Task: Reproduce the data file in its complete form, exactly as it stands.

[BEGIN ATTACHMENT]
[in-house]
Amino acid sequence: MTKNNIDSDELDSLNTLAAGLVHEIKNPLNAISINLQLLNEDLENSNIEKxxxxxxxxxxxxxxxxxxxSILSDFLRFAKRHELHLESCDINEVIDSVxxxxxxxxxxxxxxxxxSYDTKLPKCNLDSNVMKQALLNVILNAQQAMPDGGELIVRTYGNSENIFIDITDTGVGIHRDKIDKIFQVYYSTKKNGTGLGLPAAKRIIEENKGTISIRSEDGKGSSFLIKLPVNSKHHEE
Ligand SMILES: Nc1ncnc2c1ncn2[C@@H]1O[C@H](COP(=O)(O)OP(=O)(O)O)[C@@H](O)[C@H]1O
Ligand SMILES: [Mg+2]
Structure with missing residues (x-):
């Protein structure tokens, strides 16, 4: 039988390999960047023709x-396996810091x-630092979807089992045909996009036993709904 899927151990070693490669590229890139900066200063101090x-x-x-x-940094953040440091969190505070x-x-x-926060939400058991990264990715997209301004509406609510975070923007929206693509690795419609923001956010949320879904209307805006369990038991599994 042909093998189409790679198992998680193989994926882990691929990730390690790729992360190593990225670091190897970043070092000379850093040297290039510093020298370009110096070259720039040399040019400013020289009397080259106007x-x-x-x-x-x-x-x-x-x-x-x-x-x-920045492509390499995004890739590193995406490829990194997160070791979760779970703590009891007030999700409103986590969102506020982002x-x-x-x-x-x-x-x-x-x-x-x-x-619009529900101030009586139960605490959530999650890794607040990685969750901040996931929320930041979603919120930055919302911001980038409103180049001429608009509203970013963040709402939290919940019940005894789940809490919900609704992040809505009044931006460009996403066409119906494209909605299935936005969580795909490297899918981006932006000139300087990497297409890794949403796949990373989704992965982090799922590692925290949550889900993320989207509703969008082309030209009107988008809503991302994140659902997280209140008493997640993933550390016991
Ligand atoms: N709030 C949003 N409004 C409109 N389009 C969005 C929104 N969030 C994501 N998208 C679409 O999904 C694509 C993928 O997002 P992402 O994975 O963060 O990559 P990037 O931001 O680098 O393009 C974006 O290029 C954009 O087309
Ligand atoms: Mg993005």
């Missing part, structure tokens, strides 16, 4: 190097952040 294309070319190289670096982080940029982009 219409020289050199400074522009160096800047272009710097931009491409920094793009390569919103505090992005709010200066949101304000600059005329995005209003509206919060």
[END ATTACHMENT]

[in-house]
Amino acid sequence: MTKNNIDSDELDSLNTLAAGLVHEIKNPLNAISINLQLLNEDLENSNIEKxxxxxxxxxxxxxxxxxxxSILSDFLRFAKRHELHLESCDINEVIDSVxxxxxxxxxxxxxxxxxSYDTKLPKCNLDSNVMKQALLNVILNAQQAMPDGGELIVRTYGNSENIFIDITDTGVGIHRDKIDKIFQVYYSTKKNGTGLGLPAAKRIIEENKGTISIRSEDGKGSSFLIKLPVNSKHHEE
Ligand SMILES: Nc1ncnc2c1ncn2[C@@H]1O[C@H](COP(=O)(O)OP(=O)(O)O)[C@@H](O)[C@H]1O
Ligand SMILES: [Mg+2]
Structure with missing residues (x-):
């Protein structure tokens, strides 16, 4: 039988390999960047023709x-396996810091x-630092979807089992045909996009036993709904 899927151990070693490669590229890139900066200063101090x-x-x-x-940094953040440091969190505070x-x-x-926060939400058991990264990715997209301004509406609510975070923007929206693509690795419609923001956010949320879904209307805006369990038991599994 042909093998189409790679198992998680193989994926882990691929990730390690790729992360190593990225670091190897970043070092000379850093040297290039510093020298370009110096070259720039040399040019400013020289009397080259106007x-x-x-x-x-x-x-x-x-x-x-x-x-x-920045492509390499995004890739590193995406490829990194997160070791979760779970703590009891007030999700409103986590969102506020982002x-x-x-x-x-x-x-x-x-x-x-x-x-619009529900101030009586139960605490959530999650890794607040990685969750901040996931929320930041979603919120930055919302911001980038409103180049001429608009509203970013963040709402939290919940019940005894789940809490919900609704992040809505009044931006460009996403066409119906494209909605299935936005969580795909490297899918981006932006000139300087990497297409890794949403796949990373989704992965982090799922590692925290949550889900993320989207509703969008082309030209009107988008809503991302994140659902997280209140008493997640993933550390016991
Ligand atoms: N709030 C949003 N409004 C409109 N389009 C969005 C929104 N969030 C994501 N998208 C679409 O999904 C694509 C993928 O997002 P992402 O994975 O963060 O990559 P990037 O931001 O680098 O393009 C974006 O290029 C954009 O087309
Ligand atoms: Mg993005």
């Missing part, structure tokens, strides 16, 4: 190097952040 294309070319190289670096982080940029982009 219409020289050199400074522009160096800047272009710097931009491409920094793009390569919103505090992005709010200066949101304000600059005329995005209003509206919060």